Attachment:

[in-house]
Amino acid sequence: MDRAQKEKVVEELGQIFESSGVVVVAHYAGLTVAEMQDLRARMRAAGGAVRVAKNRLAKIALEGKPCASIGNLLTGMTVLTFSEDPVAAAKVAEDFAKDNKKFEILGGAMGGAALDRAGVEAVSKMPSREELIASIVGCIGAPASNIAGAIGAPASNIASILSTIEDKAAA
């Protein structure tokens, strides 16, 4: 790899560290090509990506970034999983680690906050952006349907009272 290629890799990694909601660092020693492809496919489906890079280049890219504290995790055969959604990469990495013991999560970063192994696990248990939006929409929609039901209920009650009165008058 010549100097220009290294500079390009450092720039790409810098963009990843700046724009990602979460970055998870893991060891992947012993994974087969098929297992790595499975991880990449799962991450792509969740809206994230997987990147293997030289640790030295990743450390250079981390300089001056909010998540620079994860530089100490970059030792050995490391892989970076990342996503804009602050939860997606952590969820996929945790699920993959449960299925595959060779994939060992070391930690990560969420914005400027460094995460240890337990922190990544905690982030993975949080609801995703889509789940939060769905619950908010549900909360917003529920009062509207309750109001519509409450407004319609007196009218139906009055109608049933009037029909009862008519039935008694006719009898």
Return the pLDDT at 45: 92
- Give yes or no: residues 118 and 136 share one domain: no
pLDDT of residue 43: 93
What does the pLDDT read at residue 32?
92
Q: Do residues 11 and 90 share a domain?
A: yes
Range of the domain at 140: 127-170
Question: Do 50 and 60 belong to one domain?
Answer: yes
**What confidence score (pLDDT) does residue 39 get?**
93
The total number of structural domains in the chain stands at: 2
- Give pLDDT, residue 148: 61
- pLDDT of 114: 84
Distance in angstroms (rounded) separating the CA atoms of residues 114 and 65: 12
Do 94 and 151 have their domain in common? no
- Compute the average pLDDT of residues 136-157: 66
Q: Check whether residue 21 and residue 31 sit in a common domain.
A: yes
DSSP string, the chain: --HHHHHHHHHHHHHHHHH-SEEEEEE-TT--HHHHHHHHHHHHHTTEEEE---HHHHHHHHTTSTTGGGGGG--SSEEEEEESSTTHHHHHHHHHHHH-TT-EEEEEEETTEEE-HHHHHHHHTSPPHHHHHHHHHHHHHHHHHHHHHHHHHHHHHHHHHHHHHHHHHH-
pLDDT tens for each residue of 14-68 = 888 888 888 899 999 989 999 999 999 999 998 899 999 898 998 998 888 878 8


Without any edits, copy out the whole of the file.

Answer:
[in-house]
Amino acid sequence: MDRAQKEKVVEELGQIFESSGVVVVAHYAGLTVAEMQDLRARMRAAGGAVRVAKNRLAKIALEGKPCASIGNLLTGMTVLTFSEDPVAAAKVAEDFAKDNKKFEILGGAMGGAALDRAGVEAVSKMPSREELIASIVGCIGAPASNIAGAIGAPASNIASILSTIEDKAAA
């Protein structure tokens, strides 16, 4: 790899560290090509990506970034999983680690906050952006349907009272 290629890799990694909601660092020693492809496919489906890079280049890219504290995790055969959604990469990495013991999560970063192994696990248990939006929409929609039901209920009650009165008058 010549100097220009290294500079390009450092720039790409810098963009990843700046724009990602979460970055998870893991060891992947012993994974087969098929297992790595499975991880990449799962991450792509969740809206994230997987990147293997030289640790030295990743450390250079981390300089001056909010998540620079994860530089100490970059030792050995490391892989970076990342996503804009602050939860997606952590969820996929945790699920993959449960299925595959060779994939060992070391930690990560969420914005400027460094995460240890337990922190990544905690982030993975949080609801995703889509789940939060769905619950908010549900909360917003529920009062509207309750109001519509409450407004319609007196009218139906009055109608049933009037029909009862008519039935008694006719009898």
Return the pLDDT at 45: 92
- Give yes or no: residues 118 and 136 share one domain: no
pLDDT of residue 43: 93
What does the pLDDT read at residue 32?
92
Q: Do residues 11 and 90 share a domain?
A: yes
Range of the domain at 140: 127-170
Question: Do 50 and 60 belong to one domain?
Answer: yes
**What confidence score (pLDDT) does residue 39 get?**
93
The total number of structural domains in the chain stands at: 2
- Give pLDDT, residue 148: 61
- pLDDT of 114: 84
Distance in angstroms (rounded) separating the CA atoms of residues 114 and 65: 12
Do 94 and 151 have their domain in common? no
- Compute the average pLDDT of residues 136-157: 66
Q: Check whether residue 21 and residue 31 sit in a common domain.
A: yes
DSSP string, the chain: --HHHHHHHHHHHHHHHHH-SEEEEEE-TT--HHHHHHHHHHHHHTTEEEE---HHHHHHHHTTSTTGGGGGG--SSEEEEEESSTTHHHHHHHHHHHH-TT-EEEEEEETTEEE-HHHHHHHHTSPPHHHHHHHHHHHHHHHHHHHHHHHHHHHHHHHHHHHHHHHHHH-
pLDDT tens for each residue of 14-68 = 888 888 888 899 999 989 999 999 999 999 998 899 999 898 998 998 888 878 8